Why You Should Pursue a Malpractice Suit, Even If You Like Your Doctor


Medical malpractice is a troubling concept for everyone. As a patient, naturally, you trust your doctors to know what's best and to take expertly good care of you, especially when you're sick or injured. When this somehow backfires and your time in medical care leaves you worse off than where you started, something has gone terribly wrong. It's normal to feel betrayed and confused when you realize that the medical professionals you trusted have hurt you instead, and it never helps when the clinic or hospital denies anything could possibly have been done wrong.

Even Nice Doctors Make Mistakes

To make a bad situation worse, you may actually like your doctor. Many people have a personal relationship with their family doctor or specialists and even if this is a new doctor who you just met and thought was really nice, it can be hard to bring a damaging lawsuit against them. Even so, if you are truly suffering from the after-effects of medical malpractice, then you deserve compensation and need to pursue the case. That's why this process was put in place, to protect people like you.

That's What Malpractice Insurance is For

You might not already know this, but doctors are required to have malpractice insurance before they can work in a hospital or open their own clinic. It's required because the industry can safely assume that every single doctor will probably to need it at some point in their careers. Does this mean all or most doctors are bad? Of course not, they're just human. Just like us, they have bad days at work, make mistakes, and then have to deal with the consequences. But when doctors make mistakes, sometimes people get hurt and this time that person was you. Your doctor has malpractice insurance to pay your compensation because medical mistakes happen and no one's cracked the code to flawless medical care yet.

Your Doctor Should Be Fine

I hate to say it, but a lot of people choose not to seek compensation for health problems caused by medical malpractice because they don't want to hurt the doctor who made the mistake, but let's get a few concepts straightened out. Most doctors survive one or two malpractice suits in their career, especially if it wasn't malicious (and it usually isn't). While a lawsuit can increase their insurance premiums, you will not be taking money directly from your doctor, just what their insurance policy will pay. If it helps, think of this as a car accident instead. They didn't mean to run into you (make a medical mistake), but you had right of way and came out more smashed up so their insurance pays for your bodywork.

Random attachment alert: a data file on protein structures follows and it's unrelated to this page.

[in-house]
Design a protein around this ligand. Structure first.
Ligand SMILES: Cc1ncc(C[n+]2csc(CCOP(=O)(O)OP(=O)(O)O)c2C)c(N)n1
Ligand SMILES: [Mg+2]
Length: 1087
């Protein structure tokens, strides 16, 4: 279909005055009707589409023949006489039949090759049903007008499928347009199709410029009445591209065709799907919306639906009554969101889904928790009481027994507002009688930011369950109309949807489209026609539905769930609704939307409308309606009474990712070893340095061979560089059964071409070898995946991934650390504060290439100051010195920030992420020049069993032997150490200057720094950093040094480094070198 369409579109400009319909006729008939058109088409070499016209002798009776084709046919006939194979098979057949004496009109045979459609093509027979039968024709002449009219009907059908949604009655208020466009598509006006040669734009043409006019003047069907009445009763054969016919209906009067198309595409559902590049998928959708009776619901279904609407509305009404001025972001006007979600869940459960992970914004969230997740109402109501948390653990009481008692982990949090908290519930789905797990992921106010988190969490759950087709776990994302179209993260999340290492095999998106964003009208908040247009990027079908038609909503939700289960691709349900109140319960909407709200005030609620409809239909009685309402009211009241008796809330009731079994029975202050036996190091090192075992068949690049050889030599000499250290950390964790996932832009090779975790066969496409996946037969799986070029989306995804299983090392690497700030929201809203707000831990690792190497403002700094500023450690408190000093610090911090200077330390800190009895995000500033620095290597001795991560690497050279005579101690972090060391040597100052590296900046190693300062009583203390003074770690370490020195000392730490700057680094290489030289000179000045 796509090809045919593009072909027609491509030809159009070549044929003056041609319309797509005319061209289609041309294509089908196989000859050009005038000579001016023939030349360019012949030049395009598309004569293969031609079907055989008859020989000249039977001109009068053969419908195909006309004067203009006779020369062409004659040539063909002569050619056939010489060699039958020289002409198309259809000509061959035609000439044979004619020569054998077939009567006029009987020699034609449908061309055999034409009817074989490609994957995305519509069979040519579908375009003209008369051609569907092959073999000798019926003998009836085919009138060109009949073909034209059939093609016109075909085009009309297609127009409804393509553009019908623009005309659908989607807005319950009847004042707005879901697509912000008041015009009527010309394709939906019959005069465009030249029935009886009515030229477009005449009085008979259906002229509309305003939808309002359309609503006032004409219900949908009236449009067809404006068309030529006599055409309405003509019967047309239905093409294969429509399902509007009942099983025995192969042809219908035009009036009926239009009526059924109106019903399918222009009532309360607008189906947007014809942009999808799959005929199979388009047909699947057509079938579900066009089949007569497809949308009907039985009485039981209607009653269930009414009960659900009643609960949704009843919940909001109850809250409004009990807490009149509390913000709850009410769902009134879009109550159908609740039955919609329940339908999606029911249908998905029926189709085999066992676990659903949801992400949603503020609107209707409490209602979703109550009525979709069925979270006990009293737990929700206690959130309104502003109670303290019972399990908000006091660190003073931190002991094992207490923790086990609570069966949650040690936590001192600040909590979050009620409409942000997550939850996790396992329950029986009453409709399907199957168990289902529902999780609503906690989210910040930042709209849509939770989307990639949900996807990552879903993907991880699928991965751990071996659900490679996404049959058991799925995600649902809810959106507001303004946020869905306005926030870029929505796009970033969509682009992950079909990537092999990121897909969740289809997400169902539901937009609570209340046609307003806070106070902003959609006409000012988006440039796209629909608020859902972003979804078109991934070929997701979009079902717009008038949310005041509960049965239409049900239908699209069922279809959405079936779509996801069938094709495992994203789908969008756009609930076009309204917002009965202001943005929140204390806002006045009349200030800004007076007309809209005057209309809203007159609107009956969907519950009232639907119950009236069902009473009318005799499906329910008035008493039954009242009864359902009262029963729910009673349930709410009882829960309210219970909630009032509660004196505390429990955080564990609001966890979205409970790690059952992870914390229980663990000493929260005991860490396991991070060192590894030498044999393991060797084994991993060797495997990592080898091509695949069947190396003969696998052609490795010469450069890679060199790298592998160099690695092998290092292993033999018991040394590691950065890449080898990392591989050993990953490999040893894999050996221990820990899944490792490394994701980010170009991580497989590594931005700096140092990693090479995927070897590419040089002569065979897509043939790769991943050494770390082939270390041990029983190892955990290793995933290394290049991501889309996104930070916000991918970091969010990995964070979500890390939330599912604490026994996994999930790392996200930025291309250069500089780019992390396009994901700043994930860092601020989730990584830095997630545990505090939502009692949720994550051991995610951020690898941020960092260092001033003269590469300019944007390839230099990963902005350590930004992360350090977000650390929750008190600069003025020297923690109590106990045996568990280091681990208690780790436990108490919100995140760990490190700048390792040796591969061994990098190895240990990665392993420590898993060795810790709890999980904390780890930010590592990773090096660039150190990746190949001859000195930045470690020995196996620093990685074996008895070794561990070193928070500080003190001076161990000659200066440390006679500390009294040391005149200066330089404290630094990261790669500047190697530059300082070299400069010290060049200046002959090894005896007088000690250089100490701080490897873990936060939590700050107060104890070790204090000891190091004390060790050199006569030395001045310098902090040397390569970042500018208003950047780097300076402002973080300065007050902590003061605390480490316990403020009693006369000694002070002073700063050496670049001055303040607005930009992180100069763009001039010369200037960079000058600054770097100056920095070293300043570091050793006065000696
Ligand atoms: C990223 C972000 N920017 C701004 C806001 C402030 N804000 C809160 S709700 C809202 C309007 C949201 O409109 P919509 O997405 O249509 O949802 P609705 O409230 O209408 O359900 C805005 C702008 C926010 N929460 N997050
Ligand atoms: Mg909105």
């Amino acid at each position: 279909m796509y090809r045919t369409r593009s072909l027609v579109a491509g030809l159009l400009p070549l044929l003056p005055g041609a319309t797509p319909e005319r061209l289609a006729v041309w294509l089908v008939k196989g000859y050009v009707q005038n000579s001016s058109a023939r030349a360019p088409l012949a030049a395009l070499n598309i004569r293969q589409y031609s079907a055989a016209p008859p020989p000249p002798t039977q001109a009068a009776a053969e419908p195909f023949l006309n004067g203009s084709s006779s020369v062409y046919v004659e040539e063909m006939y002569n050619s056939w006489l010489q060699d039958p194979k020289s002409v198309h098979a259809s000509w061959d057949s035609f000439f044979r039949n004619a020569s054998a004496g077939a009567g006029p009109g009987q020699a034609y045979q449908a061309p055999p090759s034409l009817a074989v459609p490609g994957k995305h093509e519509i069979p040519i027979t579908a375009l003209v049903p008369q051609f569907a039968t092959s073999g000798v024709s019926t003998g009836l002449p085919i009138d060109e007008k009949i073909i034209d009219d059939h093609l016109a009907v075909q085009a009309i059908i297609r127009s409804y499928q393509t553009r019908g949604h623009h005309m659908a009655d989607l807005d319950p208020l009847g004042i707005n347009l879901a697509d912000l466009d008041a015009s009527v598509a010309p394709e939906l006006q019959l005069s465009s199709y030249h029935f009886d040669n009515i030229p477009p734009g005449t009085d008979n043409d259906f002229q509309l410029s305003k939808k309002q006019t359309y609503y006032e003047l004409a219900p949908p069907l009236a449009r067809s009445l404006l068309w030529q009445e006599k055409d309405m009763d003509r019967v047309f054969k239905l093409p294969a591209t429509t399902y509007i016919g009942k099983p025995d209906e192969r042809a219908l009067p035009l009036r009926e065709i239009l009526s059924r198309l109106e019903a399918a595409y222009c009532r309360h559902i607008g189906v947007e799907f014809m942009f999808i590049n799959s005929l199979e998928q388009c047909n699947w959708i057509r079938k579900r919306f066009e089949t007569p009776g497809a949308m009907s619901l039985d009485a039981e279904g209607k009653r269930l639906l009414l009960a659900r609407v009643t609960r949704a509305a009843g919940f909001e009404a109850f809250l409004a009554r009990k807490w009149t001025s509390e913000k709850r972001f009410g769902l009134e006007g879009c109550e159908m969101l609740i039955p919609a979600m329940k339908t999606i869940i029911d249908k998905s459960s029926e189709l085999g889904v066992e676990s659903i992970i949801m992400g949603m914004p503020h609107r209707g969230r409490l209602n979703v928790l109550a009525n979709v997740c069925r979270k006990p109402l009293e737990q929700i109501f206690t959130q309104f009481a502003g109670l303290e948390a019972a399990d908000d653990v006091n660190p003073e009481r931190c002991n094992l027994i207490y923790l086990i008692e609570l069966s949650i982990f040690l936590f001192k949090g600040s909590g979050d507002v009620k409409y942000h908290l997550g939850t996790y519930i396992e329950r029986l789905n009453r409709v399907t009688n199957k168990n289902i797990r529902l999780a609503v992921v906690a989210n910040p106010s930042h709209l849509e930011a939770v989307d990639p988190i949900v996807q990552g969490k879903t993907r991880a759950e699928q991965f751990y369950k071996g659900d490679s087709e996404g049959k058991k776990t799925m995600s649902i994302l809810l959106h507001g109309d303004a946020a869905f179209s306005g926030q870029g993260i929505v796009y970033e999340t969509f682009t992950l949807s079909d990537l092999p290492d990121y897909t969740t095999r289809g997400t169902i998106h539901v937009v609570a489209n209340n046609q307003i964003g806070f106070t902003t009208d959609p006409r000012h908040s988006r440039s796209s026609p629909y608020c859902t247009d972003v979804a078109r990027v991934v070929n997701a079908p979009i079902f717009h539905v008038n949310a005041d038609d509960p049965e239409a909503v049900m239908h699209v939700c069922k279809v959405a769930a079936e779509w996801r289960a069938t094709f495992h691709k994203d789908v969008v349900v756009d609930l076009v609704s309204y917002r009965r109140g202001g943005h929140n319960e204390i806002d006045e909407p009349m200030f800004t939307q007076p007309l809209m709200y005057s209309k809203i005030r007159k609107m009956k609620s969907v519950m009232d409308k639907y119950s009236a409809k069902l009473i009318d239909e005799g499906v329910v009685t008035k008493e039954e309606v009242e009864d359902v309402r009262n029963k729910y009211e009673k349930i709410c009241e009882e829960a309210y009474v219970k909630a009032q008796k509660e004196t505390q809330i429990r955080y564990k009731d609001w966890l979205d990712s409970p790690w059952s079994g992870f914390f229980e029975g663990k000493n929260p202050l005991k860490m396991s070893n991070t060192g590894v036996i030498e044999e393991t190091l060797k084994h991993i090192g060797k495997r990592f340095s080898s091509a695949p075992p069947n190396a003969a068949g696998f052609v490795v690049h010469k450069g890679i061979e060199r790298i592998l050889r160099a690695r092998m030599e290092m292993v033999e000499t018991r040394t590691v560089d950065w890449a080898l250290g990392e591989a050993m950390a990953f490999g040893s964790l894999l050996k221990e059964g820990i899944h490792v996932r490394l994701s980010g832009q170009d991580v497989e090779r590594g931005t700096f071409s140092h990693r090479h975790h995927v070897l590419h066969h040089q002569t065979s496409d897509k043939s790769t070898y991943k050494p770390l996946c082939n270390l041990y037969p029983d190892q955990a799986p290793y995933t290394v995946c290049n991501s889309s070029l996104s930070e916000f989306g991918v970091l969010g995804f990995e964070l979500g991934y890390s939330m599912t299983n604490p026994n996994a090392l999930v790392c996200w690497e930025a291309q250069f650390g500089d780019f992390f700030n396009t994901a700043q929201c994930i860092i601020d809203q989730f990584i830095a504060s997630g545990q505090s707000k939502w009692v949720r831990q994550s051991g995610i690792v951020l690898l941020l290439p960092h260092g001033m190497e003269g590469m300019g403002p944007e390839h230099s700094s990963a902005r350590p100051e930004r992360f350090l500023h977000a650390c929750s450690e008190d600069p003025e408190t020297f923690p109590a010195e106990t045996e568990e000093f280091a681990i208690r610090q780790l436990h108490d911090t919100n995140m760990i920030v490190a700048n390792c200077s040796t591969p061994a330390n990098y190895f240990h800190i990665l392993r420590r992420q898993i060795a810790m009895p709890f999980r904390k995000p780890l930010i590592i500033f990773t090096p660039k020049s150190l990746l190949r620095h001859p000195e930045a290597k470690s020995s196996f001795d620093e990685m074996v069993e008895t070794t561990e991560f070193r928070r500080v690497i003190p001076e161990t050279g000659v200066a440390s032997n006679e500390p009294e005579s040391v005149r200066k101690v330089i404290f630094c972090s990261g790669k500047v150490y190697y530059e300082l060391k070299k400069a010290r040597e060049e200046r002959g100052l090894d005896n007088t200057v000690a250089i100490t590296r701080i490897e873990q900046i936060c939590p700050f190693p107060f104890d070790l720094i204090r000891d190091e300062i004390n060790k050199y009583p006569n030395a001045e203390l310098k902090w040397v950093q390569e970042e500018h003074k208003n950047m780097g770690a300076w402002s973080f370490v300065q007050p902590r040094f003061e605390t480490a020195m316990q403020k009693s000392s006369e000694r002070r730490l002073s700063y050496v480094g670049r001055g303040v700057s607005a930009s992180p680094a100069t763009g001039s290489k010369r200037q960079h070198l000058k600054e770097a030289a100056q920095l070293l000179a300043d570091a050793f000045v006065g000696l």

Your Right to Compensation

Finally, your pain, suffering, medical expenses, and loss of income matter. You had every reason to trust your medical providers, but instead of getting better you got much worse and not as a result of some progressing condition. Malpractice insurance is the medical community's way of apologizing for the fact that your doctor failed you, whether it was by accident, negligence, or (very rarely) intention. If you have suffered from the results of medical malpractice, you deserve complete compensation and filing a lawsuit is the legal way to claim it. The case just makes sure that all the facts are clear so that there's no dispute once you're granted damages payments.

All accident victims deserve the best legal representation possible, no matter what your financial circumstances are. That's why we won't ask for payment until we win the suit together. If you need expert legal advice on your personal situation, please contact me today. I'm always ready to help someone in need.

Written by Rob Ianuario

Although I was not born into the legal profession, I chose to go to law school and became an attorney in 2008. With the encouragement of many established attorneys, I started my Greenville, SC law practice in 2010. I am the son of an engineer with strong ties to the automotive industry and collector cars. I have even worked as a BMW mechanic in Munich, Germany. Weather and court permitting, I am proud to drive a 1931 Model A Ford on a regular basis.
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